Q.: A project consisting of three tennis courts and supplementary aprons is scheduled for bidding. The job is now set up as a blacktop paving project but the engineer will accept an alternate proposal for a concrete court system provided he can be assured of how the construction joints will be built so as not to have a ridge occur between one pour and another.

Are there any standard methods, recommendations, or drawings as to how the joints should be constructed, and where they should be located?

A.: It is the recommendation of the Portland Cement Association that no joints be used within the court itself, but that enough steel be used to keep hairline cracks tightly closed. For this purpose they recommend using Number 5 reinforcing bars at 12 inches on centers in each direction for a 5-inch-thick slab, or at 15 inches on centers for a 4-inch-thick slab. These should be located at mid-depth of the slab and be supported every 4 inches by bolsters or every 3 inches by concrete bricks. If necessary to construct the court in two parts, an expansion joint can be used under the net. Expansion joints should also be used between adjacent courts. Details and construction practices are given in the 6-page article, "How to Design and Build Concrete Tennis Courts," published in our June 1977 issue, page 317.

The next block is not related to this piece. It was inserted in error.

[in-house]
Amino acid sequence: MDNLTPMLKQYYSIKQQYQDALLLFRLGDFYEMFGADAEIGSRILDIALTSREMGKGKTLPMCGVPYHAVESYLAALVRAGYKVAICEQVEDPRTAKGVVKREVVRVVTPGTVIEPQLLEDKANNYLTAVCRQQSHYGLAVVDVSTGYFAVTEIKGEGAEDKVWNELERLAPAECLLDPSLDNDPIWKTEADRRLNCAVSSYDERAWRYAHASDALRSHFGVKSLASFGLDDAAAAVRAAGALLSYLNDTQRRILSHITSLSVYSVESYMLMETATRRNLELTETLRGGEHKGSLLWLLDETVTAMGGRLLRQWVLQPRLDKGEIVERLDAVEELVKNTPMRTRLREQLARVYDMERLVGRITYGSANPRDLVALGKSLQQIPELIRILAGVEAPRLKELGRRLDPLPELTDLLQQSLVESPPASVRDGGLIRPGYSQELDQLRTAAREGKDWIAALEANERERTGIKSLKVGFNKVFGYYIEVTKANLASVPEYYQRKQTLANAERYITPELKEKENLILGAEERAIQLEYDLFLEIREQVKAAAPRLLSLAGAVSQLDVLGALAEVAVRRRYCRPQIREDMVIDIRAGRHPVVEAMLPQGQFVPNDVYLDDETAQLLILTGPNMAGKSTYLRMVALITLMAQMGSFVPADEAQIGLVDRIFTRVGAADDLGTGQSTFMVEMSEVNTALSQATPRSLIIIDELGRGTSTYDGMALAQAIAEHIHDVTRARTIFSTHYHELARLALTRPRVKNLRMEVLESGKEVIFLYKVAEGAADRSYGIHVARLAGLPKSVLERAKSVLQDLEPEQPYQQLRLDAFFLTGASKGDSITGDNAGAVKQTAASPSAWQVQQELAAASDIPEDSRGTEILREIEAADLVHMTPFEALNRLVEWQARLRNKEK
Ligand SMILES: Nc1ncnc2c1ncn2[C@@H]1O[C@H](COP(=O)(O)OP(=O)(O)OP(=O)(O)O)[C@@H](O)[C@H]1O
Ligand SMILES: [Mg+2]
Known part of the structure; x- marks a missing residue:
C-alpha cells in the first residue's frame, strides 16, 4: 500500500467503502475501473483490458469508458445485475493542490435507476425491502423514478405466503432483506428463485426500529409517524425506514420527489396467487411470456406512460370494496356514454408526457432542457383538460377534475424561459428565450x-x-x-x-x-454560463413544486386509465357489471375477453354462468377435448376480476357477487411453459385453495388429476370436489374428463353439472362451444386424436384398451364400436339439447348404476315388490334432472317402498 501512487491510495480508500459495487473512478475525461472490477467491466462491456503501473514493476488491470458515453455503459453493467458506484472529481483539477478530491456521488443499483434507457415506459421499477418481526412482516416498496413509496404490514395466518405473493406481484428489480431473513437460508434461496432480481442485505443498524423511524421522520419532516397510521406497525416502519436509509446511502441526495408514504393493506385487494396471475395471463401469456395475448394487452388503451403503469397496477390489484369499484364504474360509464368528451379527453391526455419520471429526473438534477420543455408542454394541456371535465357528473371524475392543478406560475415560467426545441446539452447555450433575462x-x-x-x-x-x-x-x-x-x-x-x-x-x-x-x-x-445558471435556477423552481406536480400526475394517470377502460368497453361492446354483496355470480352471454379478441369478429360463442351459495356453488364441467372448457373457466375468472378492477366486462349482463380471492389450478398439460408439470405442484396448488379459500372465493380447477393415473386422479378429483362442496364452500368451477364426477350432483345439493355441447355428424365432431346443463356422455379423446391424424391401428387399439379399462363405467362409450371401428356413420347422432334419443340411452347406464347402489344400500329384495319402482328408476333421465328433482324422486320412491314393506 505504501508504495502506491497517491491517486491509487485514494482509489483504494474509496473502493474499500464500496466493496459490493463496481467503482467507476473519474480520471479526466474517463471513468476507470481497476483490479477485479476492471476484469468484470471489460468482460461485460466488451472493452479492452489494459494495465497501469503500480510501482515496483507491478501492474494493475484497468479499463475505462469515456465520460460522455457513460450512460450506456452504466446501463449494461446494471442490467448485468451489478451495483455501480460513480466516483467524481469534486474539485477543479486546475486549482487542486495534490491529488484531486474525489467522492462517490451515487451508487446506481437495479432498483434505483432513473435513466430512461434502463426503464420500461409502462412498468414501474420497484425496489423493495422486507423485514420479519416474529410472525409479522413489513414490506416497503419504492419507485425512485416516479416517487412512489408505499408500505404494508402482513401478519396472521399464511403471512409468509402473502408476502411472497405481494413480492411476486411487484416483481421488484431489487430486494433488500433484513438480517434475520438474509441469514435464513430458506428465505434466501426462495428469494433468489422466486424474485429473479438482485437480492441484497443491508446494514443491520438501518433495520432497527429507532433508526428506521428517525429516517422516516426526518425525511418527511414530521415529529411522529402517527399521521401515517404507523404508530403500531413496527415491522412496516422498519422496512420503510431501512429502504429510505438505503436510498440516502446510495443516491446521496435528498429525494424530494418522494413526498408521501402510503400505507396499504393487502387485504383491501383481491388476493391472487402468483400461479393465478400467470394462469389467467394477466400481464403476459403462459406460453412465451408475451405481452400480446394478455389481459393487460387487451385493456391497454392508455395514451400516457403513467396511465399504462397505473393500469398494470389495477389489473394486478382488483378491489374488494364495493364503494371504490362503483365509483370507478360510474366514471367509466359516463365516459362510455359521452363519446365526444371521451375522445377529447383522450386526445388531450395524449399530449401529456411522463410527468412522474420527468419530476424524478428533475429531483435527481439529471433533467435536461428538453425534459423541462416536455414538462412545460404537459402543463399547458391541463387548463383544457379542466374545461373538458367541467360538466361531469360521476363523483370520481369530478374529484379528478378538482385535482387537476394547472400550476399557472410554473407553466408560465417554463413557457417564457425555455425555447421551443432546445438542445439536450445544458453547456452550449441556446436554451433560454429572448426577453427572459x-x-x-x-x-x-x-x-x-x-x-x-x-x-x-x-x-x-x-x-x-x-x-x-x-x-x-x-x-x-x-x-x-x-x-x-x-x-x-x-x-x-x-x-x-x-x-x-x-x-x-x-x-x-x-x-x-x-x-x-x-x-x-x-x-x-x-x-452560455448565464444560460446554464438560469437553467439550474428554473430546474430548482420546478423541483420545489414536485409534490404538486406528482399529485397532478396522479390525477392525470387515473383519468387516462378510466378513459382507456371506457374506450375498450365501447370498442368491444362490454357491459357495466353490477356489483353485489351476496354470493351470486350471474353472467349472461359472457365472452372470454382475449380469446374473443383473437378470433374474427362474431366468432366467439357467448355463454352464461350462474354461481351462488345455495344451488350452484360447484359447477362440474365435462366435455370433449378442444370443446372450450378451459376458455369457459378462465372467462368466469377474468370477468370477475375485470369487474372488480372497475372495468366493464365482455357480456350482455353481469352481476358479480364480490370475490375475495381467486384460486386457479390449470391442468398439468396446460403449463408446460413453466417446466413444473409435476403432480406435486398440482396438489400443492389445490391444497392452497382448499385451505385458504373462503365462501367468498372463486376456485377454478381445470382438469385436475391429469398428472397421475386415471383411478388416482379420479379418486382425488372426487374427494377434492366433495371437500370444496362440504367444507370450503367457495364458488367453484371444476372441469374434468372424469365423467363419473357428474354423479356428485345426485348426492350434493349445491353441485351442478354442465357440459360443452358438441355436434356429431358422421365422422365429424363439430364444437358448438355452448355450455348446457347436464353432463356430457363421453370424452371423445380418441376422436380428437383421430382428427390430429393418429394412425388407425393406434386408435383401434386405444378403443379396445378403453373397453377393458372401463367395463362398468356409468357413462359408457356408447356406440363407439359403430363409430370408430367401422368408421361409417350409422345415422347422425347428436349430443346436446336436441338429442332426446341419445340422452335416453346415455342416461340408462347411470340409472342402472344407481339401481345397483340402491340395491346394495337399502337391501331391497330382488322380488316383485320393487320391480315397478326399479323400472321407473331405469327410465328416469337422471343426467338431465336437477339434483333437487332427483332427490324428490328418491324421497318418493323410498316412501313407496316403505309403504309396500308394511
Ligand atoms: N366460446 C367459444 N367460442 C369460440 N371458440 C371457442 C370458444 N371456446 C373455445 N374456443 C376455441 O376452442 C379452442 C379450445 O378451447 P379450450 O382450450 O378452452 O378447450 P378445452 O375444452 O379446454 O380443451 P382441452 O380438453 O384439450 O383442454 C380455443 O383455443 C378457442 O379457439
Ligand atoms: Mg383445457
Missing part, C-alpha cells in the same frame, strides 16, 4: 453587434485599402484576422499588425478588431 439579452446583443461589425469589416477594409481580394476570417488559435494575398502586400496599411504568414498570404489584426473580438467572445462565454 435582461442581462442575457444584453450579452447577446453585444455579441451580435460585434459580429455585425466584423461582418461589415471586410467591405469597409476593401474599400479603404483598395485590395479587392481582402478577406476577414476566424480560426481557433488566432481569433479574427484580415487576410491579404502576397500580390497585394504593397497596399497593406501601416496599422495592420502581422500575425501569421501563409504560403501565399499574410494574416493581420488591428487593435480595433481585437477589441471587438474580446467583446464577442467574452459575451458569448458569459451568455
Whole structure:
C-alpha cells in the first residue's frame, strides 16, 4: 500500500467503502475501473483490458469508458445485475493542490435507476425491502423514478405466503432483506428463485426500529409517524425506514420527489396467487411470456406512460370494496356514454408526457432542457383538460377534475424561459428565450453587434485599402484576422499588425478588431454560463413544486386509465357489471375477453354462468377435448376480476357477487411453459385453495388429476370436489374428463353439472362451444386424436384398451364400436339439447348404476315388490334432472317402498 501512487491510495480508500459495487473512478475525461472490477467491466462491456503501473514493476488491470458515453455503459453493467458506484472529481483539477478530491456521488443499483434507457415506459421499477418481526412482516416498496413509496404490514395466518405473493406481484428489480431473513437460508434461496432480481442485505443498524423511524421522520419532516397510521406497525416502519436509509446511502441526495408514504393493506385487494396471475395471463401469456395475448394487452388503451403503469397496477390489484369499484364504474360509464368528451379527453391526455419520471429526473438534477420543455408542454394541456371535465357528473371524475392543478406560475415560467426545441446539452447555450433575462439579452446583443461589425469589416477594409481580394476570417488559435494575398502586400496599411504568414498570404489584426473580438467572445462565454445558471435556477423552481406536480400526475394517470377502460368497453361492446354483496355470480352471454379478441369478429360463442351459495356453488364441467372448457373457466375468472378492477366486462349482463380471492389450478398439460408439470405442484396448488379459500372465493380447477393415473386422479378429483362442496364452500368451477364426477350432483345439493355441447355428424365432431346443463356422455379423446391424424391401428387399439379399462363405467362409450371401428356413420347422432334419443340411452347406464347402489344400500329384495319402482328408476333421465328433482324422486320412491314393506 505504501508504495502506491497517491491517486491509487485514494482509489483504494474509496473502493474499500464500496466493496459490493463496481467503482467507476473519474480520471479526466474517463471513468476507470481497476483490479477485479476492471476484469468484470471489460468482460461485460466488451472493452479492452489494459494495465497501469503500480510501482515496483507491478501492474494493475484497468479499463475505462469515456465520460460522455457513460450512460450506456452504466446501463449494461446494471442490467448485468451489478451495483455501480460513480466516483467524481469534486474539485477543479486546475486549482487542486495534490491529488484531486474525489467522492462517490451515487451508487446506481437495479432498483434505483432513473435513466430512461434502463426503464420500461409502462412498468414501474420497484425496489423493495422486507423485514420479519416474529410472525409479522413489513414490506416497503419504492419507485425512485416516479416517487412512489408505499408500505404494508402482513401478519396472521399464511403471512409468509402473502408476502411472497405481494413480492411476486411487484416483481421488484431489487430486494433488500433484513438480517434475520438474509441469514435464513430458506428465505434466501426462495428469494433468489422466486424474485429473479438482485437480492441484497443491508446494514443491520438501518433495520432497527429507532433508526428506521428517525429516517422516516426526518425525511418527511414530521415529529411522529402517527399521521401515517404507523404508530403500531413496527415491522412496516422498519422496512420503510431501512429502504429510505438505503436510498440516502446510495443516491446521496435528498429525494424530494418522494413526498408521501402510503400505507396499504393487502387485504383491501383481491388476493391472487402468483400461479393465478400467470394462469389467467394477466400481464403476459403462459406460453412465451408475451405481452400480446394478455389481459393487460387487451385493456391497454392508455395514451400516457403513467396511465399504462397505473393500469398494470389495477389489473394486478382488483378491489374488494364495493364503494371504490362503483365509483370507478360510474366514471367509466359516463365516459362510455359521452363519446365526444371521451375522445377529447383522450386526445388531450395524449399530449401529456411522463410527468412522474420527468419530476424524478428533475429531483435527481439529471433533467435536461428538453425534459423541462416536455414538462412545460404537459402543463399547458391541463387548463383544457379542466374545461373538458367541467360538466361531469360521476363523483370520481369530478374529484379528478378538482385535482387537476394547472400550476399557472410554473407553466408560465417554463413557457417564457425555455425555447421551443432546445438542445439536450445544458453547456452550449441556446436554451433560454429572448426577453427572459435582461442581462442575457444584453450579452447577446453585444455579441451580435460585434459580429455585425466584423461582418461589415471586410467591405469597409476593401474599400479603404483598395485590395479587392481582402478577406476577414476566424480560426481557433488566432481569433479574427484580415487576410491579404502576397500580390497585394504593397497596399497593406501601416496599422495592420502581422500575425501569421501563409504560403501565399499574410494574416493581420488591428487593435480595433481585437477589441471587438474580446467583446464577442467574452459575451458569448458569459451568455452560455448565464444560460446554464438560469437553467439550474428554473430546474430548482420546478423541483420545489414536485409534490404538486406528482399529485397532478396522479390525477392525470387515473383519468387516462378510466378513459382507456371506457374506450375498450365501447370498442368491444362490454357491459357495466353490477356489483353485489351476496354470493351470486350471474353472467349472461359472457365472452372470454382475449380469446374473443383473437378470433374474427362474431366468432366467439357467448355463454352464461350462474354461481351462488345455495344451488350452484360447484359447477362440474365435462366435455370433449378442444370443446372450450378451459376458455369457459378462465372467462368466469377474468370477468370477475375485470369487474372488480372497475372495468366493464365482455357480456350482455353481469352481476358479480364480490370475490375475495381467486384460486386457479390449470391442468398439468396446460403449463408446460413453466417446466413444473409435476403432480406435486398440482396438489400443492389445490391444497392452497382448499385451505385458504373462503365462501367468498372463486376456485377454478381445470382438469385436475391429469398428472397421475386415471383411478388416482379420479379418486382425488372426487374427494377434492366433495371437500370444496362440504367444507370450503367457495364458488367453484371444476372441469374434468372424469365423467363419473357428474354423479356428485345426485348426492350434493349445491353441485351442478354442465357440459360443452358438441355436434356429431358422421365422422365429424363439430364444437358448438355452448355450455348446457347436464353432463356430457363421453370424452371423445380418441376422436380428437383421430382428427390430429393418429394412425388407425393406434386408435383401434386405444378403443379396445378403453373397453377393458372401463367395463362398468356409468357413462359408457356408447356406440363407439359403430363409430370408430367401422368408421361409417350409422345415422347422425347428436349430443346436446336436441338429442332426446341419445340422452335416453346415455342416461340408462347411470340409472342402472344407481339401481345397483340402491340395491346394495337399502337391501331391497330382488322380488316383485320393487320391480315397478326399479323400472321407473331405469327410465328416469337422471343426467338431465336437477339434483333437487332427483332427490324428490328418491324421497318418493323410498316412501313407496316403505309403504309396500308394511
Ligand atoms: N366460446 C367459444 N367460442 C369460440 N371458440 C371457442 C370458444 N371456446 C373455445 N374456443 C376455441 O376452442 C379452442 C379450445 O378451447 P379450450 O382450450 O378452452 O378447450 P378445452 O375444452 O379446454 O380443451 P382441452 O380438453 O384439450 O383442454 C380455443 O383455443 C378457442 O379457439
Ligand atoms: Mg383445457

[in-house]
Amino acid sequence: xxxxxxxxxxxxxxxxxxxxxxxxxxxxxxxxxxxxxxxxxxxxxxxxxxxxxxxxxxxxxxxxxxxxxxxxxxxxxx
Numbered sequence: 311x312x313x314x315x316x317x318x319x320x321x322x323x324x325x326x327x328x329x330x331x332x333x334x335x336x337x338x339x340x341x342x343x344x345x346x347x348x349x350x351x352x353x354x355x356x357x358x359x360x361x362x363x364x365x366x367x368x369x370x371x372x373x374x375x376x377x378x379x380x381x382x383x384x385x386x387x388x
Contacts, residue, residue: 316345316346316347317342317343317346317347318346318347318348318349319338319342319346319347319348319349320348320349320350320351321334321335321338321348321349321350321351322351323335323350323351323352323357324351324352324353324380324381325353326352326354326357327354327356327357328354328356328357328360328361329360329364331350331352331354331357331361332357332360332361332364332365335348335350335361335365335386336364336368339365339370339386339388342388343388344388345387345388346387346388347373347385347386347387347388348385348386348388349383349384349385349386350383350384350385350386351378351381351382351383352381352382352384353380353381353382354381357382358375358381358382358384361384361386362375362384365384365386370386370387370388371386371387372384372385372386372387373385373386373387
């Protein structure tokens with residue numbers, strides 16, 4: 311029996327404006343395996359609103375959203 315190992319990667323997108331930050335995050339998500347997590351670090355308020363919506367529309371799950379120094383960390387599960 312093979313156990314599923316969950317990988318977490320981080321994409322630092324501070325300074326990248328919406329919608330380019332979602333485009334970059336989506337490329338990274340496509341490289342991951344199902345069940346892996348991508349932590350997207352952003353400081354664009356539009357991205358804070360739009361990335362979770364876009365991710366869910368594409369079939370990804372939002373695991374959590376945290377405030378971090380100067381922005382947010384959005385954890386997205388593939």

Still more complete information is provided in Reinforced Tennis Courts, Publication IS199T, available for purchase from the Portland Cement Association, 5420 Old Orchard Road, Skokie, Illinois 60076.